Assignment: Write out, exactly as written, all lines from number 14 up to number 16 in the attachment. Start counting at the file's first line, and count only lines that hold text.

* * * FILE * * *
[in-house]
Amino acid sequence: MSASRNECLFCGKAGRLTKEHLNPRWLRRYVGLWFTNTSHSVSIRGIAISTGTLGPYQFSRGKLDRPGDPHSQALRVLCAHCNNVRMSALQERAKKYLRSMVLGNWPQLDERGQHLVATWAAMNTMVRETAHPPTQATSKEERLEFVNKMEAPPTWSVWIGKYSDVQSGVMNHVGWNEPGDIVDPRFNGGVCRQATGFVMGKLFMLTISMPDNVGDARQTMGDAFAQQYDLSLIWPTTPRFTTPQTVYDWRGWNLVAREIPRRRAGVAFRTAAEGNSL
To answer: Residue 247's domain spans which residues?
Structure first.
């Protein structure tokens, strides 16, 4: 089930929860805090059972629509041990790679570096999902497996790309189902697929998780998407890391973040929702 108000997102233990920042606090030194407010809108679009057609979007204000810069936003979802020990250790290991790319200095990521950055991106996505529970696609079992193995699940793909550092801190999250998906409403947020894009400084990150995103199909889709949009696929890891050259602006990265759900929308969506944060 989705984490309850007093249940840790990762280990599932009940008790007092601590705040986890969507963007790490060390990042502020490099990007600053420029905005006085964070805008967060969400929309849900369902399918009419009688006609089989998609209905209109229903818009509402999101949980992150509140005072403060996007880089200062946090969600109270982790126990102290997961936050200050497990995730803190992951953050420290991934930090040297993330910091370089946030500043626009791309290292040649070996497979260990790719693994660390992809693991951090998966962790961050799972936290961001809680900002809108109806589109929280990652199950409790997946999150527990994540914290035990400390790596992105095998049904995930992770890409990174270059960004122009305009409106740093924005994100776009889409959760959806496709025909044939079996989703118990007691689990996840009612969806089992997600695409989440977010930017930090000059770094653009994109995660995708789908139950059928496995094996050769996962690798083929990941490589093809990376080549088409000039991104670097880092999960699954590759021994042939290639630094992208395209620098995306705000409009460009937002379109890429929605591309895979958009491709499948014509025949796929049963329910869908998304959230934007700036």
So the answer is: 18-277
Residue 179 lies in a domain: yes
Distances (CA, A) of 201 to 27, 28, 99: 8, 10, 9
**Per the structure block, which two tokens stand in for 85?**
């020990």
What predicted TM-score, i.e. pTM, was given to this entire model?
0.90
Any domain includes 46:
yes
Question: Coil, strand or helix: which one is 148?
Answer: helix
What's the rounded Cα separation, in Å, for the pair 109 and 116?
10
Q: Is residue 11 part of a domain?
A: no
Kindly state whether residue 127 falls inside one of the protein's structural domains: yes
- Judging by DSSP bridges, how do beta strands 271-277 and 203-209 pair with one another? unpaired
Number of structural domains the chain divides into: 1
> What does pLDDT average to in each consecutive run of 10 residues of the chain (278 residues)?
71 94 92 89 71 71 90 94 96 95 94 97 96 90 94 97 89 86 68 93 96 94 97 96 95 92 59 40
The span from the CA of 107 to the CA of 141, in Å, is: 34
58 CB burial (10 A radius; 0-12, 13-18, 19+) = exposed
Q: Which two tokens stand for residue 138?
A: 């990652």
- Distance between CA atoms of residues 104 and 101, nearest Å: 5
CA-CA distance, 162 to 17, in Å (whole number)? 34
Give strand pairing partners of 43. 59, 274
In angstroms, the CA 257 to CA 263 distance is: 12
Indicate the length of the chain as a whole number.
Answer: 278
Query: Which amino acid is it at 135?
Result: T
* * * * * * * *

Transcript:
yes
Question: Coil, strand or helix: which one is 148?
Answer: helix